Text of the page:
Accidents Won't Stop Private Space Industry's Push to Final Frontier

The private space industry suffered a setback last Thursday when an explosion ripped through a rocket-engine test area in the California desert, killing three workers and seriously injuring three others.

The industry's first fatal accident is already becoming a defining event in the history of commercial spaceflight -- it's the private rocketeers' Apollo 1.

In 1967, NASA's first moon ship was swept by fire in a ground test, killing all three astronauts on board and forcing a re-evaluation of the Apollo space-capsule design. Thursday's accident will likely force a similar period of self-reflection for the new industry of commercial space travel.

The workers killed in Thursday's blast had been testing a nitrous-oxide delivery system for a commercial spaceship under construction by Scaled Composites for Richard Branson's Virgin Galactic. And while it's too early to tell what effect Scaled's accident will have on the industry as a whole, it's safe to say it will take more than this to put the commercial spaceflight genie back in its bottle.

Meanwhile, the three men who died -- Eric Blackwell, Todd Ivens and Charles Glen May -- are being remembered by others in the industry as heroes who died for a higher calling.

"We are reaching for the stars, and it is not easy," said space entrepreneur and Space Frontier Foundation co-founder Rick Tumlinson in a press release. "Accidents happen. Good people die. And we move on. We move on to reach the goal they died for, because to do less would be to dishonor them and their sacrifice."

Scaled Composites built and flew the first privately funded manned spacecraft, SpaceShipOne, and sent the first commercial astronauts out of the atmosphere in 2004. The company is still the favorite to win the race to send the first paying passengers on brief, suborbital jaunts with its SpaceShipTwo, though the accident is certain to delay the new ship's first flight. It may also give potential passengers reason to question the safety of travel by rocket.

The cause of the accident, which did not involve the firing of a rocket engine, won't be known until the just-begun investigation is complete. For now, Scaled managers won't publicly speculate on it. A shaken Burt Rutan, Scaled's CEO and the designer of many envelope-pushing air- and spacecraft, could only tell reporters the day of the accident, "We were doing a test we believe was safe. We don't know why it exploded. We just don't know."

Nitrous oxide, also called laughing gas for its intoxicating effects when inhaled, is nonflammable and safe to handle under most conditions. "Nitrous is manageable in the context of dentists, whipped-cream containers, hospitals, race cars, etc.," Tim Pickens, head of Orion Propulsion and one-time propulsion chief for SpaceShipOne told Wired News. "But we still have to respect it and remember that it has the potential to release lots of energy."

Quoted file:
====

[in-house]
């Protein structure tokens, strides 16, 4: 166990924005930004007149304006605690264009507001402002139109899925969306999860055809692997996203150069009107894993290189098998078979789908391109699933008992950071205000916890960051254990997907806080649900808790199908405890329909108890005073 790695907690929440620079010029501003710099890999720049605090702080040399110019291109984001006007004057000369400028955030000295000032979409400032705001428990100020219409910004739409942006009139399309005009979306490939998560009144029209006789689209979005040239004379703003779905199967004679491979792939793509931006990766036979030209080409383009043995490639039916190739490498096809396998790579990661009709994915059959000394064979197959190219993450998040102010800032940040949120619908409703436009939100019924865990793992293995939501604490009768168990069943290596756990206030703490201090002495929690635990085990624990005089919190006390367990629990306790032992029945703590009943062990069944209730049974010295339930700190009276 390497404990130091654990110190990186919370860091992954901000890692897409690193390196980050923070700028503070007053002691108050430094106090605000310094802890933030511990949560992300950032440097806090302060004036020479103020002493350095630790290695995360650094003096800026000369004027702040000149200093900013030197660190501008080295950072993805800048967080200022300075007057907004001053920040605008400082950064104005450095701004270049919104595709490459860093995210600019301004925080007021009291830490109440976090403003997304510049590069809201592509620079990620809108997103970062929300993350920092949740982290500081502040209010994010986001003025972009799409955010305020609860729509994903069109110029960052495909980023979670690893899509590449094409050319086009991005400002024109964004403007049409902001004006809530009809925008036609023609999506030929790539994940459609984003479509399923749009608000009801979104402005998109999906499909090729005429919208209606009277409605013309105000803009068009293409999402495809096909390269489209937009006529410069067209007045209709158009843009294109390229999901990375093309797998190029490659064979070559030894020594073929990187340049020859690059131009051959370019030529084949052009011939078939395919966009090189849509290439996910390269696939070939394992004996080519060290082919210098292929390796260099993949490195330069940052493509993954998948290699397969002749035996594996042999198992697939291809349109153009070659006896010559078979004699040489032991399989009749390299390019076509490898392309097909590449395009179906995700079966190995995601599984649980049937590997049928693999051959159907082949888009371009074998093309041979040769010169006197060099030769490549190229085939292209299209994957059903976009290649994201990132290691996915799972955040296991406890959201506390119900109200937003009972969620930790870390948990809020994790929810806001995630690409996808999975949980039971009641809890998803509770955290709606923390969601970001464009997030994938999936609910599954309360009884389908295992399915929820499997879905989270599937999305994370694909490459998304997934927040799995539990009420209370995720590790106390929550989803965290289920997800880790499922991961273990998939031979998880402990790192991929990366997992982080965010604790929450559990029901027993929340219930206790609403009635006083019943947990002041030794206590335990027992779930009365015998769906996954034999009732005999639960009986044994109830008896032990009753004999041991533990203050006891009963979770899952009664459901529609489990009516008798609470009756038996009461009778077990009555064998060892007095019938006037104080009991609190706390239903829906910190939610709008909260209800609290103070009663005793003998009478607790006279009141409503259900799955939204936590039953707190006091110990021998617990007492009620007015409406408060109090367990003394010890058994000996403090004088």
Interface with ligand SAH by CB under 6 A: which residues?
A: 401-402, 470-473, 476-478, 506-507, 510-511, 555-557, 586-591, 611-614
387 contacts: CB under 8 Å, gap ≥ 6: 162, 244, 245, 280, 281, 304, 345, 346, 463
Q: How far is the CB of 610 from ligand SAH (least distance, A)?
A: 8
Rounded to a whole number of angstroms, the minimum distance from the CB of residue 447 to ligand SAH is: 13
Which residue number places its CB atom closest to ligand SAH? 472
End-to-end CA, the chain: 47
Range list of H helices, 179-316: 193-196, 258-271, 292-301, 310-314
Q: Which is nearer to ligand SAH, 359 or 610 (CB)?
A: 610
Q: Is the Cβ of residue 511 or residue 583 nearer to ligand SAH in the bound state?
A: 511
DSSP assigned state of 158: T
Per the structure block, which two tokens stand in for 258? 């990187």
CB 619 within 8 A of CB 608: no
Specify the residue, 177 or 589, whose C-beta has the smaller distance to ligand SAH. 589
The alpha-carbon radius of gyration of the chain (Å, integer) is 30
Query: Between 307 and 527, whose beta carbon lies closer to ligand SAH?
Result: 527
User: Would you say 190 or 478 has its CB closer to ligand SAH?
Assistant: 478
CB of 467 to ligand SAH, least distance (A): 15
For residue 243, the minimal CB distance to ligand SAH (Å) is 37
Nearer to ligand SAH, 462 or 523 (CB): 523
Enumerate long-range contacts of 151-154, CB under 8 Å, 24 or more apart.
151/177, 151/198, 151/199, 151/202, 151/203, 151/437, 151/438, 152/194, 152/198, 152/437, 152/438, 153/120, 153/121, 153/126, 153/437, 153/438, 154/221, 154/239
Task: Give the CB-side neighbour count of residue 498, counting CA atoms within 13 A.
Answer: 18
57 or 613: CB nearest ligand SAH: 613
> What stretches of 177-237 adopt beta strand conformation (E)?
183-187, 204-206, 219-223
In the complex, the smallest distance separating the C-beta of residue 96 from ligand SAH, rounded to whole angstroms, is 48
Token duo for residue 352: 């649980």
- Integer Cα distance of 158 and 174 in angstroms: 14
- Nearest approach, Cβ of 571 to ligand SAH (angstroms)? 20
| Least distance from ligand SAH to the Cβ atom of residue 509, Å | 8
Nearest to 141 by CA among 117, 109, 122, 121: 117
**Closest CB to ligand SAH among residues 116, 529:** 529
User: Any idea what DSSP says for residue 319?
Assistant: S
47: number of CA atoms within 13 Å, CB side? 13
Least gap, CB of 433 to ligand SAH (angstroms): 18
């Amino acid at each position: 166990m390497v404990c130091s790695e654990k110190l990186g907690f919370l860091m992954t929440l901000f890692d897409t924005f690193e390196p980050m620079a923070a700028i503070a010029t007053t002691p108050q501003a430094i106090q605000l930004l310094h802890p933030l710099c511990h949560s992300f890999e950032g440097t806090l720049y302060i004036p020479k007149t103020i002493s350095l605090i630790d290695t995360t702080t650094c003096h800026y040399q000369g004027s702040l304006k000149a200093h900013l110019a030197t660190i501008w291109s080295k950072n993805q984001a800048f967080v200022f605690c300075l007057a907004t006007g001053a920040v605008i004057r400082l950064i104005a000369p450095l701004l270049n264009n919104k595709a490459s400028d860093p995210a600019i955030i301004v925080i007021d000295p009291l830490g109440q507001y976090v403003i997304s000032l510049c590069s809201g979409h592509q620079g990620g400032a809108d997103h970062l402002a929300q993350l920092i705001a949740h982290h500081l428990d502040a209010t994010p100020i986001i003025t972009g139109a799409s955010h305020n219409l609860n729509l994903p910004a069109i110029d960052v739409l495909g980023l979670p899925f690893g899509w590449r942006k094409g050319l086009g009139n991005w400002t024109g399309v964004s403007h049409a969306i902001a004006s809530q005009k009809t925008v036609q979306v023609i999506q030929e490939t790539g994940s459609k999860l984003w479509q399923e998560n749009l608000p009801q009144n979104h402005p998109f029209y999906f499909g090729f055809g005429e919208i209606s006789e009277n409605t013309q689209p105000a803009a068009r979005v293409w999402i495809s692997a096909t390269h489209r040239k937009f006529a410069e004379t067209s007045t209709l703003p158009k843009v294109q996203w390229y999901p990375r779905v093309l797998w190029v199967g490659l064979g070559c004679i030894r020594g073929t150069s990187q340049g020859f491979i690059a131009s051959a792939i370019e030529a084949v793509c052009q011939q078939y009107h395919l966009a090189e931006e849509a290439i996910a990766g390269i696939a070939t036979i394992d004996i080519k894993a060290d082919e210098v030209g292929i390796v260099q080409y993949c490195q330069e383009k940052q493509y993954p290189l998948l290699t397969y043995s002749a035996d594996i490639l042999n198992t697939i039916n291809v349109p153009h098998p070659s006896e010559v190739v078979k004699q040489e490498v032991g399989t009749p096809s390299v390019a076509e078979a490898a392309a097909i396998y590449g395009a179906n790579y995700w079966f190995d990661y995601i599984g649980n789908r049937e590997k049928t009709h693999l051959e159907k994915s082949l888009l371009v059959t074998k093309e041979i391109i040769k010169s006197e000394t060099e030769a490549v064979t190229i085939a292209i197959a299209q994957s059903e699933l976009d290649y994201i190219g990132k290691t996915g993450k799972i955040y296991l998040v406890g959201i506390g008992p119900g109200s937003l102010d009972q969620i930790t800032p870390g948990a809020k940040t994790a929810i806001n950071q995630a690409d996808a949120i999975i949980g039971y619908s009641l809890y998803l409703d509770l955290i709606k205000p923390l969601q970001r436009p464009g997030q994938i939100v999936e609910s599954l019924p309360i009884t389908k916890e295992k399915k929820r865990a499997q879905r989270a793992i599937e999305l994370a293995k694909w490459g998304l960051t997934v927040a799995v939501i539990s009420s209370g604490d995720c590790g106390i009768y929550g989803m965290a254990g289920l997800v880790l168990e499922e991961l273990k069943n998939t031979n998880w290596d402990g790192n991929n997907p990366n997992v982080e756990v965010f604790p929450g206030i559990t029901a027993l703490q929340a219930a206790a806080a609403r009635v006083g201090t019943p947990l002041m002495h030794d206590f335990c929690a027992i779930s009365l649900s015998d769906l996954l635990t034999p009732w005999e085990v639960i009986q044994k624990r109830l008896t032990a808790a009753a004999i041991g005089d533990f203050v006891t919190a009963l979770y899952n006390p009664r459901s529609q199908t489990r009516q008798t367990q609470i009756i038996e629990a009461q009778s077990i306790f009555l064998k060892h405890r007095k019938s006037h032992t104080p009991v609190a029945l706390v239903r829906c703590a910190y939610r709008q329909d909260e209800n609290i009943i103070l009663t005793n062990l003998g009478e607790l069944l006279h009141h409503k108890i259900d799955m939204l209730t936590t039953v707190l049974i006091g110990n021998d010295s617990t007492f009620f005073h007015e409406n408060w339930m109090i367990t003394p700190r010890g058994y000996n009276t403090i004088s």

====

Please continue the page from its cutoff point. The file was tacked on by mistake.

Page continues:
A 1974 study by the Air Force concluded that nitrous oxide can be handled safely in just about any conditions, as long as it stays in a supercold, liquid state, but warned that "great hazards exist in the gaseous condition at elevated pressure and/or temperature."

SpaceShipOne used nitrous oxide as an oxidizer to enable the combustion of a synthetic rubber rocket fuel. The nitrous oxide feeding the rocket engine remained liquid through most of the ship's flight, but turned gaseous toward the end of the rocket burn to reach space. SpaceShipTwo will use similar hybrid rocket technology, so-called because of the combination of solid fuel and liquid oxidizer.

While Scaled begins to pick up the pieces in an effort that's likely to take months, other private spaceship companies press onward. The European Aeronautic Defense and Space Company, prime contractor for the European Space Agency and owner of Airbus, announced in June that its EADS Astrium division would build its own tourist spaceship. The planned ship, a spaceplane the size of a business jet, features twin jet engines and a rocket engine powered by methane with liquid oxygen, or lox, as oxidizer.

EADS Astrium hopes to start construction in 2008 for first flights beginning in 2012 with financing from as-yet-unannounced business partners. The design borrows heavily from that of American company Rocketplane Kistler, which hopes to launch a jet-and-rocket hybrid built around a Learjet fuselage by 2009. CEO Jeff Bezos has been quietly testing subscale versions of his planned New Shepard vertical-takeoff and -landing spaceship away from public view at a specially built launch facility in West Texas. Bezos won't talk to the press, but the website for his space startup, Blue Origin, says he wants to "lower the cost of spaceflight so that ... we humans can better continue exploring the solar system."

PayPal cofounder and head of Space Exploration Technologies, or SpaceX, is heading straight to orbit with his kerosene/lox Falcon rockets. A Falcon 1 test flight reached 200 miles in altitude last March, and SpaceX plans to launch a satellite into orbit later this year.

Musk's ultimate mission is to send people to Mars. Long before then, though, the first commercial space stations will likely open for use by researchers and thrill-seekers by 2012 if the plans of Las Vegas Real Estate developer Robert Bigelow come to fruition. Bigelow's company Bigelow Aerospace launched its second small-scale test satellite July 12 aboard a converted Russian ICBM. Large-scale tests will soon follow.